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Hoffner v. Associated Lumber Industries, Inc.

United States District Court, Seventh Circuit

July 11, 2013

HILLARY HOFFNER, Plaintiff,
v.
ASSOCIATED LUMBER INDUSTRIES, INC., Defendant.

MEMORANDUM AND ORDER

HERNDON, Chief Judge.

I. Introduction and Background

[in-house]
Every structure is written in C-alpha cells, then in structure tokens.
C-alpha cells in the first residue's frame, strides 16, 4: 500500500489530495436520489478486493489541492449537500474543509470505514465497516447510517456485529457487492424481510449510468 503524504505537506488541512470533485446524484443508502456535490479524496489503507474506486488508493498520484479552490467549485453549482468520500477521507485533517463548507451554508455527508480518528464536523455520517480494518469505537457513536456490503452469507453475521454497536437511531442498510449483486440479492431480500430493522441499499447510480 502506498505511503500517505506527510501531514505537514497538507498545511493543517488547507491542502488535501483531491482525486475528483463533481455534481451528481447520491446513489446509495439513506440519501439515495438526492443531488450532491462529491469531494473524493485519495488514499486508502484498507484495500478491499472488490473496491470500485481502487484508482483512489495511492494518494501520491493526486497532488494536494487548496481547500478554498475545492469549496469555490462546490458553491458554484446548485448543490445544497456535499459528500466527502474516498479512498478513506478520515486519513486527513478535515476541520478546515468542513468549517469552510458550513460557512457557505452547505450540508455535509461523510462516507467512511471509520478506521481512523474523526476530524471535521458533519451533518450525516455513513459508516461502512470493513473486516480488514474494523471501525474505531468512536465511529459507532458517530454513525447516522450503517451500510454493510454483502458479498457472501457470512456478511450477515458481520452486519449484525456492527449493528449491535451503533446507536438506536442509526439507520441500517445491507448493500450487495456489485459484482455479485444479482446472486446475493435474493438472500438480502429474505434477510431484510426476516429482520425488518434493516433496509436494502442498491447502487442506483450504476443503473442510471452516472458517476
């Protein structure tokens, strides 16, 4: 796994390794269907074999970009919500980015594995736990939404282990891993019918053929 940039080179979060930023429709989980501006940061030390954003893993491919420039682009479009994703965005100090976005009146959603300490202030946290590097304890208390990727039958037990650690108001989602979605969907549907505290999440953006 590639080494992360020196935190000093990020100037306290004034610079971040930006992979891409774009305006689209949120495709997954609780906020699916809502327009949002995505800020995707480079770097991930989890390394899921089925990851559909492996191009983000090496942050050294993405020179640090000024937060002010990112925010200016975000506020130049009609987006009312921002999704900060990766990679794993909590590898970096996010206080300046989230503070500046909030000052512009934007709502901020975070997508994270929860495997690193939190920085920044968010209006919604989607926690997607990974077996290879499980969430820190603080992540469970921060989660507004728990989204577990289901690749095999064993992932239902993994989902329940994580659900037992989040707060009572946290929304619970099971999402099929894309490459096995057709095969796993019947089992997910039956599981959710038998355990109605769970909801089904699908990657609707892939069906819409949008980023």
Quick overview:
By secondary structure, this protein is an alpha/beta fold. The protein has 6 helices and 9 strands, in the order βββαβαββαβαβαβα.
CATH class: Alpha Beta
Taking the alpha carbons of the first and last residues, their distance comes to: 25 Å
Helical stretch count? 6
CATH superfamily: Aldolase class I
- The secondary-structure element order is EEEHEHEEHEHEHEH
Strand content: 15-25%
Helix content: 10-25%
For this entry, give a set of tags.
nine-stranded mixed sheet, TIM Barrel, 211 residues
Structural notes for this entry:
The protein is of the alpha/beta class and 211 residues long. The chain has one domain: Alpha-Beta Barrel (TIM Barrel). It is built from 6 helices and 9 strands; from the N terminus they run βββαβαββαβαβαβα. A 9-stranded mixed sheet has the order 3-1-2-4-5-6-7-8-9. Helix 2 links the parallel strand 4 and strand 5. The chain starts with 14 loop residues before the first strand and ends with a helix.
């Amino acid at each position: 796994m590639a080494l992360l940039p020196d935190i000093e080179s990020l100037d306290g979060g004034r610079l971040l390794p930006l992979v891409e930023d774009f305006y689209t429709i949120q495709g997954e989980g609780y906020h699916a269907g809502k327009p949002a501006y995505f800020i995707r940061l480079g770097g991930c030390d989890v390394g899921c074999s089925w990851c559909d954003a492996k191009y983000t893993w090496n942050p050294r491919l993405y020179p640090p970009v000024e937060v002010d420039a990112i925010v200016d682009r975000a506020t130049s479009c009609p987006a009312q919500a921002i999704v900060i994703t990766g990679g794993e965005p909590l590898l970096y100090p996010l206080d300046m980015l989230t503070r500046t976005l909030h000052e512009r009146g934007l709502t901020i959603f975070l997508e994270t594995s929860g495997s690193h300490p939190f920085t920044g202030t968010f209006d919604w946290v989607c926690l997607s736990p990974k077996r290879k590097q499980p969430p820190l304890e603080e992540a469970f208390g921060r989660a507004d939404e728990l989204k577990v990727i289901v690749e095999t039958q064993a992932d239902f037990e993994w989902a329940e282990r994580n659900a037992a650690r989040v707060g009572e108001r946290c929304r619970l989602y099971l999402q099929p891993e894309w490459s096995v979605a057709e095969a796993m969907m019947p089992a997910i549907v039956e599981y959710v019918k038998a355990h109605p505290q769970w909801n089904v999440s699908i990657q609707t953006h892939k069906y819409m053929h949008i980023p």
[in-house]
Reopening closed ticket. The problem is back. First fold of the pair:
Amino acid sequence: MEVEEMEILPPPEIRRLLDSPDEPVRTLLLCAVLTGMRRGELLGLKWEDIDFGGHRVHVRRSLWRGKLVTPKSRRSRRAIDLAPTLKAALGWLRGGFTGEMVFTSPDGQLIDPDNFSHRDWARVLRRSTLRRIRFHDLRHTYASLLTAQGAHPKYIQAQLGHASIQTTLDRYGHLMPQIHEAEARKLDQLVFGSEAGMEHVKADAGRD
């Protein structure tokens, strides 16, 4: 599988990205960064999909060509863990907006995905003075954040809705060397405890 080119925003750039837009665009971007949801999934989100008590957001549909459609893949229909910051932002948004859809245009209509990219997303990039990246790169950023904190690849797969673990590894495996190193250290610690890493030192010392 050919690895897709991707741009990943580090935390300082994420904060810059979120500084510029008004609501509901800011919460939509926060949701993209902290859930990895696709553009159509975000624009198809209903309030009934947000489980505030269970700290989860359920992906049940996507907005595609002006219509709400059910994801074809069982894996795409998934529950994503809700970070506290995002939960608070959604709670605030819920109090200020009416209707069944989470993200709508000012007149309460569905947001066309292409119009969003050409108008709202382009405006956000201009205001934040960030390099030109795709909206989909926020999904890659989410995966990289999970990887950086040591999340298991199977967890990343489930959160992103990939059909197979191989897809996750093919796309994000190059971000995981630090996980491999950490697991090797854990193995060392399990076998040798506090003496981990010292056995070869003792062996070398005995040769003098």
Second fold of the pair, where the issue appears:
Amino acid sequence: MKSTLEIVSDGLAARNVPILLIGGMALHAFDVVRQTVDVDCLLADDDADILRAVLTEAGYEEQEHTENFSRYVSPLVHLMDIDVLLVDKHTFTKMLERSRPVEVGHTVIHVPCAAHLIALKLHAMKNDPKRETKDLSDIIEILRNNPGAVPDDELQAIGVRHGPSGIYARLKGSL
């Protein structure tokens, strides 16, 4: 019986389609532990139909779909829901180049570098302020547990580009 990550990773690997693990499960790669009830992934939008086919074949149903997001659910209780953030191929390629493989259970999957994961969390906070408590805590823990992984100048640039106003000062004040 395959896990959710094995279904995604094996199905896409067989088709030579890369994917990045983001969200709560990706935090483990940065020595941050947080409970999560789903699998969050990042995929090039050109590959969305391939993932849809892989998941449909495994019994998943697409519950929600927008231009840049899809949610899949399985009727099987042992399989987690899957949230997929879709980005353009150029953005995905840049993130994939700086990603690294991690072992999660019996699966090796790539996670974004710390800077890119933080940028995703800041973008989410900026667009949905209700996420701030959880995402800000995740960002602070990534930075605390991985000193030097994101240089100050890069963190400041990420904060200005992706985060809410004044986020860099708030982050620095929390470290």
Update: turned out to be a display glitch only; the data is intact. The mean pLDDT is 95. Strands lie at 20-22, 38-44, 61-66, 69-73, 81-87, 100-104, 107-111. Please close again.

Pending before the Court is defendant’s motion for summary judgment (Doc. 35), and defendant’s reply to plaintiff’s response (Doc. 37). Defendant, Associated Lumber Industries, Incorporated (“Associated”), claims it is entitled to summary judgment because it exercised reasonable care to prevent and correct the sexually harassing behavior, and because plaintiff unreasonably failed to take advantage of any preventive or corrective measures. Plaintiff opposes the motion (Doc. 36), although she consents to the entry of summary judgment in count three, conceding that it is encompassed by count two.